Bangladeshi editor Rakib Rana has taken down his video of colourised scenes from Satyajit Ray’s Pather Panchali (1955) after the emergence of an older video by an American professor.

The first video, dated May 14, is by Aniket Bera, an Assistant Research Professor at the University of Maryland in the United States. Bera’s dialogue-free video uses footage from The Criterion Collection’s 2015 restoration of the black-and-white classic.

Pather Panchali colourised by Aniket Bera.

After deleting his video, Rana has shared a collage of other colourisations he says has been done by him.

Aniket Bera used artificial intelligence-based systems to produce his video, “The AI technology works like the human brain,” he told Times of India. “It looks at millions of real videos. Even though the AI doesn’t know what the original colour was or what the original photos looked like, it can dream of these things.”

The professor described Pather Panchali, the first in the Apu trilogy, as “very close to my heart”. He told Times of India, “...this is not the way to watch the movie but only an academic experiment. A lot of US professors and researchers experiment with so many of old footage from the West.”

In the recent past, Russian YouTuber Denis Shirayev used similar technologies to colourise black-and-white footage from over a century ago, including The Lumiere brothers’ 1896 film The Arrival of a Train.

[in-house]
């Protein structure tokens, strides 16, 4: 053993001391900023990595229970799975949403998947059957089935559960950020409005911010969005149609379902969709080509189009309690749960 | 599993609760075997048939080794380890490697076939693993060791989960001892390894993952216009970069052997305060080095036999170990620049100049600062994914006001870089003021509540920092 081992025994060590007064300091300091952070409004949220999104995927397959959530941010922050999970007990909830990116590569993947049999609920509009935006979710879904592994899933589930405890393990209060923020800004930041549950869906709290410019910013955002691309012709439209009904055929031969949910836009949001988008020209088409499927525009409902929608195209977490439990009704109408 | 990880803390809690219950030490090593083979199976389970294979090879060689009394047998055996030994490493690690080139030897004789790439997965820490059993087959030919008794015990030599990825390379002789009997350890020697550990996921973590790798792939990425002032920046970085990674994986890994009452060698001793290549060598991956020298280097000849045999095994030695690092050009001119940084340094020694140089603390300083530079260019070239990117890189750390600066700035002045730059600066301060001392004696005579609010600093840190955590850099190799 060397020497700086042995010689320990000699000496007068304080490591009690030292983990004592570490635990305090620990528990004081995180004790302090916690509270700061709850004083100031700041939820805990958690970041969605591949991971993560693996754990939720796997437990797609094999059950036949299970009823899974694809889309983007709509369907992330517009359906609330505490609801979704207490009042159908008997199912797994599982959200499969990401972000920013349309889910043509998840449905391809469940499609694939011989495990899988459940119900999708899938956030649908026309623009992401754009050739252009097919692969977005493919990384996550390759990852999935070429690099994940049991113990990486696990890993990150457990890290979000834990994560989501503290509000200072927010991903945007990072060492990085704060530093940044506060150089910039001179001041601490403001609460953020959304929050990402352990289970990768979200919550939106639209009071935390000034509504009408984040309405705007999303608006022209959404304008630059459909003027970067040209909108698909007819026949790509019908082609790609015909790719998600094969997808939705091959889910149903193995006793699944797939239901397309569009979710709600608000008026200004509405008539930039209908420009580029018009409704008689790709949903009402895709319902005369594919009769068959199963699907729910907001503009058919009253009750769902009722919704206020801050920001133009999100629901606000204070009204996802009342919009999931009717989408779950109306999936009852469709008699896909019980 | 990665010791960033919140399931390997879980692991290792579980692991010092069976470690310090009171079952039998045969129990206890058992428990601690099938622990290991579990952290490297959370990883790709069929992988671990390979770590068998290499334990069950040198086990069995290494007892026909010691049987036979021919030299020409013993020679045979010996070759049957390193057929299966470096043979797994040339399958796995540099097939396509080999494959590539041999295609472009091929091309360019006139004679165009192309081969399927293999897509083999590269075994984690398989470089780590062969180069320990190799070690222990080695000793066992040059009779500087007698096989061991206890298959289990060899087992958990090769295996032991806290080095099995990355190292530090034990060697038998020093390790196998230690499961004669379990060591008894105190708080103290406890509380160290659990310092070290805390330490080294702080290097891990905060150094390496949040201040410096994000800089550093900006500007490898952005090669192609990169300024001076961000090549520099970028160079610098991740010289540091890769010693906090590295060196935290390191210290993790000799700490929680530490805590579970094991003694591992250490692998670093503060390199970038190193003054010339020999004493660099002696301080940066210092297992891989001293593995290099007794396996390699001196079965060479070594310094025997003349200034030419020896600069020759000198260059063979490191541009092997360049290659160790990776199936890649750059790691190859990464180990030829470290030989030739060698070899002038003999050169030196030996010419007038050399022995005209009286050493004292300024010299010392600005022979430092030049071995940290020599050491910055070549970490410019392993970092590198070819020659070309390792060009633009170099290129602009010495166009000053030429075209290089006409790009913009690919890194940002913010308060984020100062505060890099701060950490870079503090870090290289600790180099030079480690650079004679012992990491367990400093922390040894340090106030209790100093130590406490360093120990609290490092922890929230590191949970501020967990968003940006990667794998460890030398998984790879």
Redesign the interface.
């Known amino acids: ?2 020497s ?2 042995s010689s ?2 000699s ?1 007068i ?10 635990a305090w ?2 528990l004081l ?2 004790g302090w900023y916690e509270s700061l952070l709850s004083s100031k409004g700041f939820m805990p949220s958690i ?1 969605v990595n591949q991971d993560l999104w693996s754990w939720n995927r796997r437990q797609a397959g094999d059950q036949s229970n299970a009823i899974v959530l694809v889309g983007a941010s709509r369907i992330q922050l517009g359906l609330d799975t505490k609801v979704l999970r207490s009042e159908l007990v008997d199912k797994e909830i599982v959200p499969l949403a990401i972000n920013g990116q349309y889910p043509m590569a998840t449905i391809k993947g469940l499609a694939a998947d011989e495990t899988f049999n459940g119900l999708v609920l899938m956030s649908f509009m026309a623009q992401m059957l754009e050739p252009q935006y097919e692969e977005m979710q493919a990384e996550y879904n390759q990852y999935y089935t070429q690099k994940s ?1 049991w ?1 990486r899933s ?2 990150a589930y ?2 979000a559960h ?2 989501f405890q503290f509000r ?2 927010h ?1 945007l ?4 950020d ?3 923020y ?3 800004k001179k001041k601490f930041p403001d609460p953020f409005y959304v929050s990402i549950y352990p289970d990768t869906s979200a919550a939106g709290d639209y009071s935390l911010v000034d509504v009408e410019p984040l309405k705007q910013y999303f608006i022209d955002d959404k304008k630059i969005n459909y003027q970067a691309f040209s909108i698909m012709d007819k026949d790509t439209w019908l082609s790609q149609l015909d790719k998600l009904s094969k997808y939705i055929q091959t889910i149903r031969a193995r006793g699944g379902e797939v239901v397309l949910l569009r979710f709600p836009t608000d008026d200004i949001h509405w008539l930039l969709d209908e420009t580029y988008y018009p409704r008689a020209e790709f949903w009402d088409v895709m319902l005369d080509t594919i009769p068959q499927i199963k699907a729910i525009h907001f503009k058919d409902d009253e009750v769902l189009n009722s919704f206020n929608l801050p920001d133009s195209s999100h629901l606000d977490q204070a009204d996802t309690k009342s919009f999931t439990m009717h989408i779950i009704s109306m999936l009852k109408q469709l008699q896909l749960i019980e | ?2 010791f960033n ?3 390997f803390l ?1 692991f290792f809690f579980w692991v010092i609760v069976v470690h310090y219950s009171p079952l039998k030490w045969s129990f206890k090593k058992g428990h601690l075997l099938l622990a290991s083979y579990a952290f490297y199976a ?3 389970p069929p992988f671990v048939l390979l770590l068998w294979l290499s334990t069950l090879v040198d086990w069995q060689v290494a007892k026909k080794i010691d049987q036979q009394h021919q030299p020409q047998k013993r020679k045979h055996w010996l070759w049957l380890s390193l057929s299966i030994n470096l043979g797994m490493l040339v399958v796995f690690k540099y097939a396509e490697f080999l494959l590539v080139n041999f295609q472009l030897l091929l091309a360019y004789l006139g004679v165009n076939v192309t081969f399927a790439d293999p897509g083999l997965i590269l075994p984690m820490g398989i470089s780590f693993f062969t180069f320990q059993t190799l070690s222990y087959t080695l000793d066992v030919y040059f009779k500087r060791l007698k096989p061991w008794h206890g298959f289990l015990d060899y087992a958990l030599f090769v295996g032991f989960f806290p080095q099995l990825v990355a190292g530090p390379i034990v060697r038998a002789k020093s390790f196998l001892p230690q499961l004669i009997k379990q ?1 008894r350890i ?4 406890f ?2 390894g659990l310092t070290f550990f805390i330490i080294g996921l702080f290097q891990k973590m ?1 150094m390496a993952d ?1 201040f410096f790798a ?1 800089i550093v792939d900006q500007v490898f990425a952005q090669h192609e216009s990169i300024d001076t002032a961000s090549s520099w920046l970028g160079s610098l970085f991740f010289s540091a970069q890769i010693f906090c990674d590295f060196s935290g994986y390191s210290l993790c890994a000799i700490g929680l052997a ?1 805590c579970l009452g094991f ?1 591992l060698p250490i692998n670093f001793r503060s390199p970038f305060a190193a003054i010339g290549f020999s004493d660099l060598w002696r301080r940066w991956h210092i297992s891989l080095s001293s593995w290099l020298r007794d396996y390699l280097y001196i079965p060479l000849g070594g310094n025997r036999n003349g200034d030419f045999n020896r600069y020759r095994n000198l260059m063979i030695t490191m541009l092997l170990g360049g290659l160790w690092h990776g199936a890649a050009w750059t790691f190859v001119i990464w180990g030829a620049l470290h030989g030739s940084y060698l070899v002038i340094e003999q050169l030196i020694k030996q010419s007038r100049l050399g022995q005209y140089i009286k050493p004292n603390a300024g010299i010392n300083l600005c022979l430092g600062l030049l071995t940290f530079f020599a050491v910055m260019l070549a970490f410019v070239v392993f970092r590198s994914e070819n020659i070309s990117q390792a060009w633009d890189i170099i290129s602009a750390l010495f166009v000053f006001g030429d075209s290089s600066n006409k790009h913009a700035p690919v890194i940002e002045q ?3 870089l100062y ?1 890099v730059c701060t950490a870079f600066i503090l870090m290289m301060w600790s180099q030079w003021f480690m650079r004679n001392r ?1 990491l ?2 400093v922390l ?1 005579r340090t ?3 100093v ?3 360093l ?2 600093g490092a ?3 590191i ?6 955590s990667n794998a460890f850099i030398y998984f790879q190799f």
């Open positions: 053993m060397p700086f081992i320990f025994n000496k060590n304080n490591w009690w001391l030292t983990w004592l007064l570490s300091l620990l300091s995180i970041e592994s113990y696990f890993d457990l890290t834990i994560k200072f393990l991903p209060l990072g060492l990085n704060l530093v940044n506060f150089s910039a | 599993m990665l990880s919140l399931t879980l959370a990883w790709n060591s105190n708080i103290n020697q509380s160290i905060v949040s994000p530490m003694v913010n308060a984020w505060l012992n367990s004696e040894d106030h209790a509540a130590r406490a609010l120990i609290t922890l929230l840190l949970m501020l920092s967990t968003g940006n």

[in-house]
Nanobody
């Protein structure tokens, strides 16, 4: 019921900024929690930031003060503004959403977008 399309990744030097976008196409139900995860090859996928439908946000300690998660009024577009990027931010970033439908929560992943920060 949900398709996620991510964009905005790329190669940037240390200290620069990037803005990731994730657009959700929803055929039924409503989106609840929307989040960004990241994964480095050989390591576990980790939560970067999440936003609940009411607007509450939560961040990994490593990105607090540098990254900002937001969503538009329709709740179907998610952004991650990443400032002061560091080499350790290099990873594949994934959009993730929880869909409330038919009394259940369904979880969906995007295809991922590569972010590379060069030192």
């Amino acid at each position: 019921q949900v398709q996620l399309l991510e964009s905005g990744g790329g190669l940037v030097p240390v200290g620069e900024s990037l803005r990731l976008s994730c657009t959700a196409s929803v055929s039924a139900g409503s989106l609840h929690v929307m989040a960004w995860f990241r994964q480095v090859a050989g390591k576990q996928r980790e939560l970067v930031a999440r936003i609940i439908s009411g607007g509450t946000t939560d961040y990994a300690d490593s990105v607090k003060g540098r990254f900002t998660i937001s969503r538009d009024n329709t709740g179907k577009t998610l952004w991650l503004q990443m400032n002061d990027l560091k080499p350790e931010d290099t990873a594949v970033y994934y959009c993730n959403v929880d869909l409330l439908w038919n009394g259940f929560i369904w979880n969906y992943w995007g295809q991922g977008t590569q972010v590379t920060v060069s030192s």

The Arrival of a Train, upscaled and colourised by Denis Shirayev.

Among the critics of the colourisation of Pather Panchali was filmmaker Sandip Ray, Satyajit Ray’s son. “I am strongly against this trend,” Sandip Ray told Times of India. Subrata Mitra made his debut as a cinematographer with Pather Panchali, and shares a good deal of credit for the film’s haunting quality and unforgettable images.

The Apu Trilogy (1955) restoration trailer.

“In order to be authentic, one should consult the original cinematographer to understand the tonal quality then,” Sandip Ray added. “In case of Pather Panchali, Subrata Mitra alone would know what the texture should be like in colour. But there is no way to crosscheck that. Hence, a lot of liberty is being taken.”

Also read:

Watch: The Lumiere brothers’ ‘The Arrival of a Train’ – restored and colourised

Whose train is it anyway? A debate rages over ‘upscaled’ version of the Lumiere brothers’ film